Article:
In these economically testing times any money is good money. Selling off that damaged inoperable car will get you some cash which can come in very handy in today's times. The important thing for interested individuals to know is when a car attains the title of being a salvage car. Basically when the cost of repairs on the car exceeds the actual worth of the car itself it is termed as being a salvage car. Most of the time, it is the insurance company that gives this title to a car upon which a claim is made. The value of the car is however determined upon its estimated worth in the market. Hence if you wreck up a brand new car it may still be worth it to repair it yourself. Unless you wrecked it up real badly.
There is not a certain type of vehicle that junk yards do not buy, but they tend to be most interested in automobiles whose parts are in high demand. For example, it would probably be easier to sell a 2005 Honda to a salvage yard that offers cash for cars than it would be to sell a 1985 Honda.
Determining the type of metal you're dealing with may be as easy as taking a magnet off your fridge. If the magnet sticks to your metal, the metal is ferrous. Ferrous metals include common metals such as iron and steel. Steel can be found in many products, including furniture, cabinets, and more. While steel may not collect much money at the scrap yard, it's important to take such materials to the yard in order for it to be recycled properly.
Next, ask if the garage charges for estimates and diagnostics for auto repair. The answer to this will vary, but will help you determine whether or not you can afford the mechanic. Often the mechanic will not charge to visually inspect the vehicle, but will charge if he has to use a machine to do a more in-depth diagnostic.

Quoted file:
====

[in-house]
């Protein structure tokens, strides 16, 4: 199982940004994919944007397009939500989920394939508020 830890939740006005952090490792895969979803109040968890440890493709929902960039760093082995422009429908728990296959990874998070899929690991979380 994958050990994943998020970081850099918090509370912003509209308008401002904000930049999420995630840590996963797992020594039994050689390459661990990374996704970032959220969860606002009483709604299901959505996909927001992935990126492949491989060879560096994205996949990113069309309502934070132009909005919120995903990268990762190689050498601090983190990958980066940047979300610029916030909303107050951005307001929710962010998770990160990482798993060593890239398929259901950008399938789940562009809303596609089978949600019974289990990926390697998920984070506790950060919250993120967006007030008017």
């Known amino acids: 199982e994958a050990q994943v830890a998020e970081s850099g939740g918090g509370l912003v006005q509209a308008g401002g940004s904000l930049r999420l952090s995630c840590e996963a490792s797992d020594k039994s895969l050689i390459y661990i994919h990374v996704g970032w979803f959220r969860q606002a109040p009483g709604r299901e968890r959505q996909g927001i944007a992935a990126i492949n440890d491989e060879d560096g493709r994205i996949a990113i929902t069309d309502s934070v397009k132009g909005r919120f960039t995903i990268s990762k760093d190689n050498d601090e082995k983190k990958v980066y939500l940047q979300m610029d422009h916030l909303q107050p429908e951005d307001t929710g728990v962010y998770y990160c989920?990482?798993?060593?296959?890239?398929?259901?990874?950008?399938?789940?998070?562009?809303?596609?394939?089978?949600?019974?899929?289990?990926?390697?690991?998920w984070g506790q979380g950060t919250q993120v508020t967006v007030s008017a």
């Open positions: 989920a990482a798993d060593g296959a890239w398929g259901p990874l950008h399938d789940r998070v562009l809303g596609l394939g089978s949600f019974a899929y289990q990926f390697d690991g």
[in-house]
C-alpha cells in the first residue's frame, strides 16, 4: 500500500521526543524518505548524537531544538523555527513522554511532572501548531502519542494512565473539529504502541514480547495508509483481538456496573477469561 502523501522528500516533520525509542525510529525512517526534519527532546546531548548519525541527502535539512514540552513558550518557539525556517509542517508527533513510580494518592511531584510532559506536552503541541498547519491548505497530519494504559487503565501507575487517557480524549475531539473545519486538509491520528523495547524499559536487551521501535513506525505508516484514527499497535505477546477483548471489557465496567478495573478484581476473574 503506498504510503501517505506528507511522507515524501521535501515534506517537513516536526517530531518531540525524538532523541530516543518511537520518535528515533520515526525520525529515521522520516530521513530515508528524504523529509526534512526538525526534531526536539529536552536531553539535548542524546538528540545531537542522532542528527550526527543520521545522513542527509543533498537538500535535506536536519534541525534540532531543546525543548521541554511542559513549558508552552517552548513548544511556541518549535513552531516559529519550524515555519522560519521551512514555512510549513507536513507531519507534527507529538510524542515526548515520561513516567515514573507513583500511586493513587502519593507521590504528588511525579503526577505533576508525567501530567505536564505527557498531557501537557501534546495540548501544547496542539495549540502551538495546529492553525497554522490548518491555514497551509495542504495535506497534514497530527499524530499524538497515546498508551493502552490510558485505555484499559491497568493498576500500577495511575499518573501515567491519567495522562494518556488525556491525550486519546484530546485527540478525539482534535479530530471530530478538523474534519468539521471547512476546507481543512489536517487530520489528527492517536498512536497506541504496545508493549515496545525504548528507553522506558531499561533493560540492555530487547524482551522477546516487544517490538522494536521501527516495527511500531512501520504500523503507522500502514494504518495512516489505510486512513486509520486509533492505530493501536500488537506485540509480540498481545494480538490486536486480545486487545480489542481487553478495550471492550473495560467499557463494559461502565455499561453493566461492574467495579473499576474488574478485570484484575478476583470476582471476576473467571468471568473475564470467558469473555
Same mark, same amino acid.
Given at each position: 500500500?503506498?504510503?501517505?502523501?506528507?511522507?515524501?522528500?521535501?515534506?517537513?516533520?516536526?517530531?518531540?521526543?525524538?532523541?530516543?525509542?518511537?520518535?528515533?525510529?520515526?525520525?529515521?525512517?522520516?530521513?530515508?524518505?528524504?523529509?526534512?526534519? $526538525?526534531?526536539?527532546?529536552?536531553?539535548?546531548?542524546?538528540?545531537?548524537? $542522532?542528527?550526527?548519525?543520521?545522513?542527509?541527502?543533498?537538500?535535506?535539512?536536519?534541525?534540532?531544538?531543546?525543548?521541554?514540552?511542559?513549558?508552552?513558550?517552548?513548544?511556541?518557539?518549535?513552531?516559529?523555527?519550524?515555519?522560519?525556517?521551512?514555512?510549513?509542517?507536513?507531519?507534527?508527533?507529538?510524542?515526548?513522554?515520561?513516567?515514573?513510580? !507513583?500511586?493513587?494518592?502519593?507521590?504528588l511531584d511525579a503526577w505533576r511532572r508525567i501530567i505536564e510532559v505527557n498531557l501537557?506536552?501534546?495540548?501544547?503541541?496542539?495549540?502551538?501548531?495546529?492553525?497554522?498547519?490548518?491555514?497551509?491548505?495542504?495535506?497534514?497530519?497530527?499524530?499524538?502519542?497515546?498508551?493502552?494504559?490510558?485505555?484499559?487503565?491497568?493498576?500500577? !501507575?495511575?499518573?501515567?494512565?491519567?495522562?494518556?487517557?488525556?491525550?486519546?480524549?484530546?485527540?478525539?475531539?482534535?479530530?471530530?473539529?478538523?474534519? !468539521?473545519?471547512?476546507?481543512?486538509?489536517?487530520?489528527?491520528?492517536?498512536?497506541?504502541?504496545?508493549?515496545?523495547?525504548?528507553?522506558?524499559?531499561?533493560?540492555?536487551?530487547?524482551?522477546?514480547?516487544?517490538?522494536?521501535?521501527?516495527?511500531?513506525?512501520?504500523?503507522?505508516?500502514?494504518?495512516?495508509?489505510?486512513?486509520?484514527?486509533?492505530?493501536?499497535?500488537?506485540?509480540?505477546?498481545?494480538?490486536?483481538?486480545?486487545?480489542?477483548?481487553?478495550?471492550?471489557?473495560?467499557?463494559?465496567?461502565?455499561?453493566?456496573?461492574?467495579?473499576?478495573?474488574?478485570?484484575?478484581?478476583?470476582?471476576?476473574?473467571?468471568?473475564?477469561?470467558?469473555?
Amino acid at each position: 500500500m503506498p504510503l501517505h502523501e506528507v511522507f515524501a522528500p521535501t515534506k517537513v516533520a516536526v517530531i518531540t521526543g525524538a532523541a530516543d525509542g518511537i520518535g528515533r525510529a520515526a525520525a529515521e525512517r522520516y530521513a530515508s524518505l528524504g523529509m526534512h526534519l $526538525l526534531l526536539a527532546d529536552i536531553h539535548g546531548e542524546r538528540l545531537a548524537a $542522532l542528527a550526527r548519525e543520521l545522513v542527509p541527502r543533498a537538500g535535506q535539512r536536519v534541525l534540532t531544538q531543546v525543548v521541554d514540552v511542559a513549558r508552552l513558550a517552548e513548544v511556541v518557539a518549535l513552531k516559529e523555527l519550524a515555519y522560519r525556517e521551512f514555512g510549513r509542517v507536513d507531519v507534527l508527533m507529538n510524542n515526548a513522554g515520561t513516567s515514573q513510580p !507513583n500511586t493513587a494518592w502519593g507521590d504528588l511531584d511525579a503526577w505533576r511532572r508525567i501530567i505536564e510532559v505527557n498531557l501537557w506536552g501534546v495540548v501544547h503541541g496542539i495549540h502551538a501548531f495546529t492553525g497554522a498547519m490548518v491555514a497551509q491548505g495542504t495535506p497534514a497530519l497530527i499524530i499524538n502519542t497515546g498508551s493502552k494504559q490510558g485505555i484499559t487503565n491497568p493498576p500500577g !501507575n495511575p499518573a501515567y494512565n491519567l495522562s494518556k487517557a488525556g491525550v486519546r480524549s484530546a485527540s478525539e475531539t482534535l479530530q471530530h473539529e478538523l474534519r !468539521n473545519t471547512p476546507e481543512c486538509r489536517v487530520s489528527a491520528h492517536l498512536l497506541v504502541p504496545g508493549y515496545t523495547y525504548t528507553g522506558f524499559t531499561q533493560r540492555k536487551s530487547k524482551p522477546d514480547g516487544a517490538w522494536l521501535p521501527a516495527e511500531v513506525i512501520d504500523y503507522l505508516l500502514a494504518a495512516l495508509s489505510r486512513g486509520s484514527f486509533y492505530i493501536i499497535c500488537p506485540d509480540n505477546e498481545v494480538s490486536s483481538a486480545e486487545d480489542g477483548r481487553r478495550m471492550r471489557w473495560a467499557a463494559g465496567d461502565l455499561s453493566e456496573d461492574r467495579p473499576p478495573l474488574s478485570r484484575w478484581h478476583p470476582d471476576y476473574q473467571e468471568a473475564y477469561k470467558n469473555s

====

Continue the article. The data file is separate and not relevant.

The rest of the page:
Keep in mind that junkyards are similar to swap meets in that most prices are negotiable. This is especially true when you're buying parts that are not in good condition. Ask for a discount or offer a lower price. craigslist.org cars will often agree just to move the inventory. That being said, you can expect to pay nearly half of the cost of a new part. For example, a water pump for a BMW 740i may cost $140 new. Expect to pay $70 (in cash) at the junkyard.
There are some auto parts stores that operate just like the big retailers that sell new car parts. The customer arrives at the counter and asks for a specific part for a vehicle. The attendant then searches the inventory on a computer, and informs the buyer if the part is in stock and its price. This type of used auto-parts retailers provide convenience and hassle-free transactions for their clients. Most accept credit or debit cards, have air-conditioned lobbies and paved parking lots. However, if the purpose is to save the most money possible then the best place to buy used auto parts is a junk yard.
Pat yourself on the back and know that by you junking your car you are in actual fact earning yourself some well earned cash and at the same time helping the environment.